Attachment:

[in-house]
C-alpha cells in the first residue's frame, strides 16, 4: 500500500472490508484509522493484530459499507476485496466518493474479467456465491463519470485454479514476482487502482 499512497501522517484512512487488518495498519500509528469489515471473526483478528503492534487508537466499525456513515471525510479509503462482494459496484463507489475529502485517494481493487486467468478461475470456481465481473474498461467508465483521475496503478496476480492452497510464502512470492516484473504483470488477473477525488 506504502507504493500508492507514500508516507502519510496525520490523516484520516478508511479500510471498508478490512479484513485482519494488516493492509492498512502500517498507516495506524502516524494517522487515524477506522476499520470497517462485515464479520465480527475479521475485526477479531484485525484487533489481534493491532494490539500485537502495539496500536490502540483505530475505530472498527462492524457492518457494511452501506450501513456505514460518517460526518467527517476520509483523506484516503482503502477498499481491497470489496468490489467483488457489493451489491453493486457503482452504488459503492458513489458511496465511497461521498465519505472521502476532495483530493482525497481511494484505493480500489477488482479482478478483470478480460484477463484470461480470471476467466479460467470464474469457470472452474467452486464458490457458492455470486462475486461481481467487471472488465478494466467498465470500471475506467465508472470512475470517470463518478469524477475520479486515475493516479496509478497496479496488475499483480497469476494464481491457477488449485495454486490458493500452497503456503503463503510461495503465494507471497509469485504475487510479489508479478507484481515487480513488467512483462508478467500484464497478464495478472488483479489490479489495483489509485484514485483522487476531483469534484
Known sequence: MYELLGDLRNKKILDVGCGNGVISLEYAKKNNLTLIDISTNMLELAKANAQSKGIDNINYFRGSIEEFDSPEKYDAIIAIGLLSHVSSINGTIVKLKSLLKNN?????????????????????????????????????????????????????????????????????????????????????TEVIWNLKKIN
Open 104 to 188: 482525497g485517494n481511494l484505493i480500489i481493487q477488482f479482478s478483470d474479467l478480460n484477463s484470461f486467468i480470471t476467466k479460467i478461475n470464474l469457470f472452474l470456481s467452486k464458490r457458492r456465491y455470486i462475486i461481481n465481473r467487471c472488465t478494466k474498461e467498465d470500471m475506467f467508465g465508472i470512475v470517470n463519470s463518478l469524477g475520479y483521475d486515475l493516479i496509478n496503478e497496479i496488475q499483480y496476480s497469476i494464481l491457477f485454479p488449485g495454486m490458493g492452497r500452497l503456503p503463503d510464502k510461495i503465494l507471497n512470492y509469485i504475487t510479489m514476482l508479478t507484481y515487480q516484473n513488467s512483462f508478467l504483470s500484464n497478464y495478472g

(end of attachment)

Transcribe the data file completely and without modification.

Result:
[in-house]
C-alpha cells in the first residue's frame, strides 16, 4: 500500500472490508484509522493484530459499507476485496466518493474479467456465491463519470485454479514476482487502482 499512497501522517484512512487488518495498519500509528469489515471473526483478528503492534487508537466499525456513515471525510479509503462482494459496484463507489475529502485517494481493487486467468478461475470456481465481473474498461467508465483521475496503478496476480492452497510464502512470492516484473504483470488477473477525488 506504502507504493500508492507514500508516507502519510496525520490523516484520516478508511479500510471498508478490512479484513485482519494488516493492509492498512502500517498507516495506524502516524494517522487515524477506522476499520470497517462485515464479520465480527475479521475485526477479531484485525484487533489481534493491532494490539500485537502495539496500536490502540483505530475505530472498527462492524457492518457494511452501506450501513456505514460518517460526518467527517476520509483523506484516503482503502477498499481491497470489496468490489467483488457489493451489491453493486457503482452504488459503492458513489458511496465511497461521498465519505472521502476532495483530493482525497481511494484505493480500489477488482479482478478483470478480460484477463484470461480470471476467466479460467470464474469457470472452474467452486464458490457458492455470486462475486461481481467487471472488465478494466467498465470500471475506467465508472470512475470517470463518478469524477475520479486515475493516479496509478497496479496488475499483480497469476494464481491457477488449485495454486490458493500452497503456503503463503510461495503465494507471497509469485504475487510479489508479478507484481515487480513488467512483462508478467500484464497478464495478472488483479489490479489495483489509485484514485483522487476531483469534484
Known sequence: MYELLGDLRNKKILDVGCGNGVISLEYAKKNNLTLIDISTNMLELAKANAQSKGIDNINYFRGSIEEFDSPEKYDAIIAIGLLSHVSSINGTIVKLKSLLKNN?????????????????????????????????????????????????????????????????????????????????????TEVIWNLKKIN
Open 104 to 188: 482525497g485517494n481511494l484505493i480500489i481493487q477488482f479482478s478483470d474479467l478480460n484477463s484470461f486467468i480470471t476467466k479460467i478461475n470464474l469457470f472452474l470456481s467452486k464458490r457458492r456465491y455470486i462475486i461481481n465481473r467487471c472488465t478494466k474498461e467498465d470500471m475506467f467508465g465508472i470512475v470517470n463519470s463518478l469524477g475520479y483521475d486515475l493516479i496509478n496503478e497496479i496488475q499483480y496476480s497469476i494464481l491457477f485454479p488449485g495454486m490458493g492452497r500452497l503456503p503463503d510464502k510461495i503465494l507471497n512470492y509469485i504475487t510479489m514476482l508479478t507484481y515487480q516484473n513488467s512483462f508478467l504483470s500484464n497478464y495478472g